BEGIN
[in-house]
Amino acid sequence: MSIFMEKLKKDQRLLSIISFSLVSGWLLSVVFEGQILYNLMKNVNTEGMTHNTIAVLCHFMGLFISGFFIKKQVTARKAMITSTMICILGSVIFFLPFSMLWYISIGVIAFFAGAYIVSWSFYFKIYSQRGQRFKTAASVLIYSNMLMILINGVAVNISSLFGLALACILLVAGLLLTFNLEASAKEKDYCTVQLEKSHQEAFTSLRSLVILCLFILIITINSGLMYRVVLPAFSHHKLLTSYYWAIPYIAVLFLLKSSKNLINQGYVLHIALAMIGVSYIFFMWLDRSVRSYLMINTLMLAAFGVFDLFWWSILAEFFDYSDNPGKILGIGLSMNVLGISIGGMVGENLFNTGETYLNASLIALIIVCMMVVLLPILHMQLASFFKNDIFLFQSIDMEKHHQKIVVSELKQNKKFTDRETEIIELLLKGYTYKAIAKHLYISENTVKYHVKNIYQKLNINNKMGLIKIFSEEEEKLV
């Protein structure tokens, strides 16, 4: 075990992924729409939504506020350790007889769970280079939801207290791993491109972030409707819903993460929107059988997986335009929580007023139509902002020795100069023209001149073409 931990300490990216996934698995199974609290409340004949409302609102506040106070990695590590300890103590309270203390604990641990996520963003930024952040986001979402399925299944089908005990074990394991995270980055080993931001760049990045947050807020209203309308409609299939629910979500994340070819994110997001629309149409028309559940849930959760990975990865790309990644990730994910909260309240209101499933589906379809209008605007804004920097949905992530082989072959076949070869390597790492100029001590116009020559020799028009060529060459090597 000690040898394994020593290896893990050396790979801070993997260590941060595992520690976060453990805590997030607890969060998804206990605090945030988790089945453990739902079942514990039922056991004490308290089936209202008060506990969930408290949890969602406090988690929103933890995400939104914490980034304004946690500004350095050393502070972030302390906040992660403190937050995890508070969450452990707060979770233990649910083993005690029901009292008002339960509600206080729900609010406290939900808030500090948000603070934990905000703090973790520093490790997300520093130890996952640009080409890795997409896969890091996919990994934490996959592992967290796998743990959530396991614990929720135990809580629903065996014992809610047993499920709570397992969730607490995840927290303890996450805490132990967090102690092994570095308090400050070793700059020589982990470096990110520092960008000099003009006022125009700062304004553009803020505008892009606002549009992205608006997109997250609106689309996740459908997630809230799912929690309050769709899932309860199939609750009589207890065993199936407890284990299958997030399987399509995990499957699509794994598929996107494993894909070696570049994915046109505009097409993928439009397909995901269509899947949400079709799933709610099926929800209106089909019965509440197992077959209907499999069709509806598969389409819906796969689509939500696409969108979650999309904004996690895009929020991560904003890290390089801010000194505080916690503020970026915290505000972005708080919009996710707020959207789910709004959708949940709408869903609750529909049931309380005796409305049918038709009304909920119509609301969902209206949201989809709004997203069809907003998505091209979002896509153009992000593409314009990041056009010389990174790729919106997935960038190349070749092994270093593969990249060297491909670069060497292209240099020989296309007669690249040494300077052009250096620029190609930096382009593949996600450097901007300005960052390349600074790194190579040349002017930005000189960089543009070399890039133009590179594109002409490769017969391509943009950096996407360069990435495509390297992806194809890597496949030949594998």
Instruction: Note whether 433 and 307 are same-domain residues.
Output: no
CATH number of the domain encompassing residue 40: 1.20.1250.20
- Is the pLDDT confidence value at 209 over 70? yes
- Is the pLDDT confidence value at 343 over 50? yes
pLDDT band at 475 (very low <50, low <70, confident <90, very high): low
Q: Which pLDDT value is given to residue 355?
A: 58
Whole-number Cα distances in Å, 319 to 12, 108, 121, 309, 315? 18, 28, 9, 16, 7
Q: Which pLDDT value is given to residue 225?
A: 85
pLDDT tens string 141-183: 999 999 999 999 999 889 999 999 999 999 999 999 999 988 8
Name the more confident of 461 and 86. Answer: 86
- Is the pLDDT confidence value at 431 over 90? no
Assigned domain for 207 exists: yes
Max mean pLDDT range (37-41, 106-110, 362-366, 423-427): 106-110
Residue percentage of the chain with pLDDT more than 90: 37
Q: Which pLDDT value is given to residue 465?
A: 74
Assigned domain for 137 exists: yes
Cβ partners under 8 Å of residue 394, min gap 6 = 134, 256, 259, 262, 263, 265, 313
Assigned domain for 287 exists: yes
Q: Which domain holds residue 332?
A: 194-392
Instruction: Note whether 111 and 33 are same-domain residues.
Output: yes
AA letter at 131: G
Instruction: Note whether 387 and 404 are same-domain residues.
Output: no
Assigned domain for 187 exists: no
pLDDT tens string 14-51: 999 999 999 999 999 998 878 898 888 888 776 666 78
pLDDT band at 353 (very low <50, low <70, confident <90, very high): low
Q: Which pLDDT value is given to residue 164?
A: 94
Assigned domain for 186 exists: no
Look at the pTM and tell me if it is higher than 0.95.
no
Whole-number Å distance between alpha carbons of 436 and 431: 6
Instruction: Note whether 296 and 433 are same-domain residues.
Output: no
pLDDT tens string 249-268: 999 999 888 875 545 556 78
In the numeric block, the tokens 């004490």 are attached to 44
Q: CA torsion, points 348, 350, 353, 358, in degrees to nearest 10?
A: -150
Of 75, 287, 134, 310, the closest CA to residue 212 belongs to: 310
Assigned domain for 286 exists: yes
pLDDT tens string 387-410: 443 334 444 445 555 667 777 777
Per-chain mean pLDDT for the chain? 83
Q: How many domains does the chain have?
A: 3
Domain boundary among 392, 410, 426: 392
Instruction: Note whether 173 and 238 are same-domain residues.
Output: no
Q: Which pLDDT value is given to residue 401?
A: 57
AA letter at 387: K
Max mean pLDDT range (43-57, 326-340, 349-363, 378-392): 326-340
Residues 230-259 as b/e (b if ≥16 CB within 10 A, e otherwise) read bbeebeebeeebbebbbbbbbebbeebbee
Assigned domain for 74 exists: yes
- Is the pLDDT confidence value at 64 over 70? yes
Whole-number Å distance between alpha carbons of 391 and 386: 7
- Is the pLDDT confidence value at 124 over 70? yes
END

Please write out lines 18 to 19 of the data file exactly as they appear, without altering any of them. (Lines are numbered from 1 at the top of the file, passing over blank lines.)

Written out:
Assigned domain for 207 exists: yes
Max mean pLDDT range (37-41, 106-110, 362-366, 423-427): 106-110